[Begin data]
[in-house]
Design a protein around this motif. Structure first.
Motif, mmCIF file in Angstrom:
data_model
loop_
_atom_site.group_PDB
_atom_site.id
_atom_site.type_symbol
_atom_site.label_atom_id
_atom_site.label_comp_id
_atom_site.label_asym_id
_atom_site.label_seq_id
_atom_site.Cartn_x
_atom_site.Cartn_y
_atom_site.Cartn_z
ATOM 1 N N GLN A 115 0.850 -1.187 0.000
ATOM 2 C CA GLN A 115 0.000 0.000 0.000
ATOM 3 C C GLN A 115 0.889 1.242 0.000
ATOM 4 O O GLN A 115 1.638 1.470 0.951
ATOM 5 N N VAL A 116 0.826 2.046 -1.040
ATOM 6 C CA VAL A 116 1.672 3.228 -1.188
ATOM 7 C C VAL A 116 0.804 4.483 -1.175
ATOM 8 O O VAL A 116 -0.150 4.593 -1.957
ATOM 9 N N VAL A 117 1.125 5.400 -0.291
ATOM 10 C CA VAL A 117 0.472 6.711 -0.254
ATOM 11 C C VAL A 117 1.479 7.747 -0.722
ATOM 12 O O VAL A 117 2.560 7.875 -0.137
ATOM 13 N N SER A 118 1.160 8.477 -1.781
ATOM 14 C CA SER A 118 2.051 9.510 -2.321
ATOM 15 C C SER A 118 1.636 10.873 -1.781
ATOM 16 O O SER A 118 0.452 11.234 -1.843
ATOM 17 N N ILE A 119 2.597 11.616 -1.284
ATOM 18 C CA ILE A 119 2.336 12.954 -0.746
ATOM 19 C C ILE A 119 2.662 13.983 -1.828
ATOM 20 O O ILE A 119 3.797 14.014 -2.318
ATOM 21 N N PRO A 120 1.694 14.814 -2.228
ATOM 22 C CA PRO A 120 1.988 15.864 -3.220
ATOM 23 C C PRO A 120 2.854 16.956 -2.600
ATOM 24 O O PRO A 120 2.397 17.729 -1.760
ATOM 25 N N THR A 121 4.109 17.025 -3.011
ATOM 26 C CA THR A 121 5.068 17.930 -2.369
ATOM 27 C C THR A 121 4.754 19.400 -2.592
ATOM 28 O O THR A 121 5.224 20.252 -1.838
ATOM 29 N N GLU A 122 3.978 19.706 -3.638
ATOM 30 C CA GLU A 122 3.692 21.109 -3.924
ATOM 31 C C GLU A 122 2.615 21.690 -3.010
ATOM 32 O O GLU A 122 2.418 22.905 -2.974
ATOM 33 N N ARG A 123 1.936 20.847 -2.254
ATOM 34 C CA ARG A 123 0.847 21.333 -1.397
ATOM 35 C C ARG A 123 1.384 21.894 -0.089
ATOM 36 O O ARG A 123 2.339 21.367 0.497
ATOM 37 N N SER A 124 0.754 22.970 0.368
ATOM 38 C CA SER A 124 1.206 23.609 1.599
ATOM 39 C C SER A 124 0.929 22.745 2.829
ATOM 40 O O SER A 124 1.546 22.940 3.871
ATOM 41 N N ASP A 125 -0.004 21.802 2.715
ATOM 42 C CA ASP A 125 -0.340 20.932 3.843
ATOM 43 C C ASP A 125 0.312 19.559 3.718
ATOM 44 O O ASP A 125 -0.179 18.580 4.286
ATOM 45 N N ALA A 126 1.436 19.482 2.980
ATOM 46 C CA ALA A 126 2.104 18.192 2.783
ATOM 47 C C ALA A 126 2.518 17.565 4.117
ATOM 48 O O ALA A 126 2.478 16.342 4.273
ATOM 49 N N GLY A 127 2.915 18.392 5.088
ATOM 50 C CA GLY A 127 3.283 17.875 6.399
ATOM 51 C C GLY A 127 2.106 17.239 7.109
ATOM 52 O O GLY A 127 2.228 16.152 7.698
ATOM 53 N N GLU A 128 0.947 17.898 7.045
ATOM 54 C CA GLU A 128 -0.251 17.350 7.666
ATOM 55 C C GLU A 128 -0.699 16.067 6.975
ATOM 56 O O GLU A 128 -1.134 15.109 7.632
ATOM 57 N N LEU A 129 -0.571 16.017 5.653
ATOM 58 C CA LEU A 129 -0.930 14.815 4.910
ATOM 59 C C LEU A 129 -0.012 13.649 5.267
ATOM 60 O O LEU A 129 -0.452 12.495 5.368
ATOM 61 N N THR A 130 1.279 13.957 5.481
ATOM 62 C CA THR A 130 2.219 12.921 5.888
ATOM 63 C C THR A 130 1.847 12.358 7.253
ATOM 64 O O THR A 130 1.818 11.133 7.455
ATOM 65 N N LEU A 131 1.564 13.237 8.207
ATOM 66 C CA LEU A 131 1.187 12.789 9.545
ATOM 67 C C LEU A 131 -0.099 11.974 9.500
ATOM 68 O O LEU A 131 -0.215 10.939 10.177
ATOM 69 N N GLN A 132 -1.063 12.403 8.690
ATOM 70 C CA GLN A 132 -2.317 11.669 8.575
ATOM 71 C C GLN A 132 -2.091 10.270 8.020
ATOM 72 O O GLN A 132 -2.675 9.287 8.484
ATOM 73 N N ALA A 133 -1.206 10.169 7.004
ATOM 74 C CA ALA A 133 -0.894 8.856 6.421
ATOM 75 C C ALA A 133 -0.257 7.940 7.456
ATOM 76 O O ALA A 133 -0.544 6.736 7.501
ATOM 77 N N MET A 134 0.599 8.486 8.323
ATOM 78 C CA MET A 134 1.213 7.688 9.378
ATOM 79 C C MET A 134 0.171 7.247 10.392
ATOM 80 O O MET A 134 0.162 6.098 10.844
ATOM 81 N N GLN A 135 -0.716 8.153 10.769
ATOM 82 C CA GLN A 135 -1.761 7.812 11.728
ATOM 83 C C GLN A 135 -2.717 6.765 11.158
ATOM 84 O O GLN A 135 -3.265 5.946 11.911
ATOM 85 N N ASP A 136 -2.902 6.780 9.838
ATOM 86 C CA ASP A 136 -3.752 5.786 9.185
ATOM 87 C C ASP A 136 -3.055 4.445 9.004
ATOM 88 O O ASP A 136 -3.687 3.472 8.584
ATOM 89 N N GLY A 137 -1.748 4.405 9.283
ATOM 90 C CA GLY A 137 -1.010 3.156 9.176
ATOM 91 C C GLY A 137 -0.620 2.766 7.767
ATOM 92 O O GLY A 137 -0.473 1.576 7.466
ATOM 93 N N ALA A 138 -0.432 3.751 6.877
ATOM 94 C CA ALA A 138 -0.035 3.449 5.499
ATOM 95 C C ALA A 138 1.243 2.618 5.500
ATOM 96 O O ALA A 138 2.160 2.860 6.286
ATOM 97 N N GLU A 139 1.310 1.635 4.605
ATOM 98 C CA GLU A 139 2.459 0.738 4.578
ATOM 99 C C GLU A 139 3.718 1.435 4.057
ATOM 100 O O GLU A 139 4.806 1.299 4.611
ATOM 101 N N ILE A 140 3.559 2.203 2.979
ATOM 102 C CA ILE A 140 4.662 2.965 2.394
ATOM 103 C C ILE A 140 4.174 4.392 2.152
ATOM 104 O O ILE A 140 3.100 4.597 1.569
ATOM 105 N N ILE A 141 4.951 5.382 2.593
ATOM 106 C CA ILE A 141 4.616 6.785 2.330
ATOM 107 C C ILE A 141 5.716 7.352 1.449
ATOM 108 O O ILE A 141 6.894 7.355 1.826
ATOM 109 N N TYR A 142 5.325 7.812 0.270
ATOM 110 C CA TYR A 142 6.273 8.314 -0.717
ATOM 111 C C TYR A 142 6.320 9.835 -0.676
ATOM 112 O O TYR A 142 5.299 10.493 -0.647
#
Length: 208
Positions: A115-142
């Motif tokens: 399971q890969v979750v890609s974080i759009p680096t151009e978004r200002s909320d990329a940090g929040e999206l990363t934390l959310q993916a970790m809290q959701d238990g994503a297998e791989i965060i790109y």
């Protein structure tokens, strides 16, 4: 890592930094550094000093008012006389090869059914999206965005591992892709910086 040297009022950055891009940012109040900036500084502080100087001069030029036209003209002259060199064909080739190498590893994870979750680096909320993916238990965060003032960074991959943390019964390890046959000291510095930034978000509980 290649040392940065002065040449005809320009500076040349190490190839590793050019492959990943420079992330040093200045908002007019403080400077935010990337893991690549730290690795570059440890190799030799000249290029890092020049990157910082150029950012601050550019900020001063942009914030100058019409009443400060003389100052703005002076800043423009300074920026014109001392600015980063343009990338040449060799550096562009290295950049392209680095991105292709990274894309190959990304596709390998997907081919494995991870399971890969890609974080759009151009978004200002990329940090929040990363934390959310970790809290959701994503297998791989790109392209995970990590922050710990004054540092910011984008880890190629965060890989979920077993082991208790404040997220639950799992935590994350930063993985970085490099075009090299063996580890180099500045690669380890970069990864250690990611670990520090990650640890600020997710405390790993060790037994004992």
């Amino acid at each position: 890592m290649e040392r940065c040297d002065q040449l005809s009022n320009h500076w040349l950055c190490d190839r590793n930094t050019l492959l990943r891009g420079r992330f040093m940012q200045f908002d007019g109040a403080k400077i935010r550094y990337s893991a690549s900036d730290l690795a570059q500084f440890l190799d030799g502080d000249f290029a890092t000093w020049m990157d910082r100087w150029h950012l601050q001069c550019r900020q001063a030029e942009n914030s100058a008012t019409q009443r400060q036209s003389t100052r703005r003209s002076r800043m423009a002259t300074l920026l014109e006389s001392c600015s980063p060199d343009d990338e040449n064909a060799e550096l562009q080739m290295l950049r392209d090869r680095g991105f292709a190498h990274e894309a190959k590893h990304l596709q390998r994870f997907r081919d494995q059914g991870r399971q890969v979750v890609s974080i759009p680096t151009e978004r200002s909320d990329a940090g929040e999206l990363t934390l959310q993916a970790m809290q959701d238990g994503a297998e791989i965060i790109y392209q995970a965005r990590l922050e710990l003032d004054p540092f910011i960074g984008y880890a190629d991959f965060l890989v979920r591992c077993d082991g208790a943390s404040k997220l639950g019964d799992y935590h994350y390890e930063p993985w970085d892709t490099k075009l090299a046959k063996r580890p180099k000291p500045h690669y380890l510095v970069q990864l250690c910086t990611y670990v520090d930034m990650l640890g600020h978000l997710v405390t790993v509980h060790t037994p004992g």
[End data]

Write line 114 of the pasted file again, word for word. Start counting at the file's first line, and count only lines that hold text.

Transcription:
ATOM 99 C C GLU A 139 3.718 1.435 4.057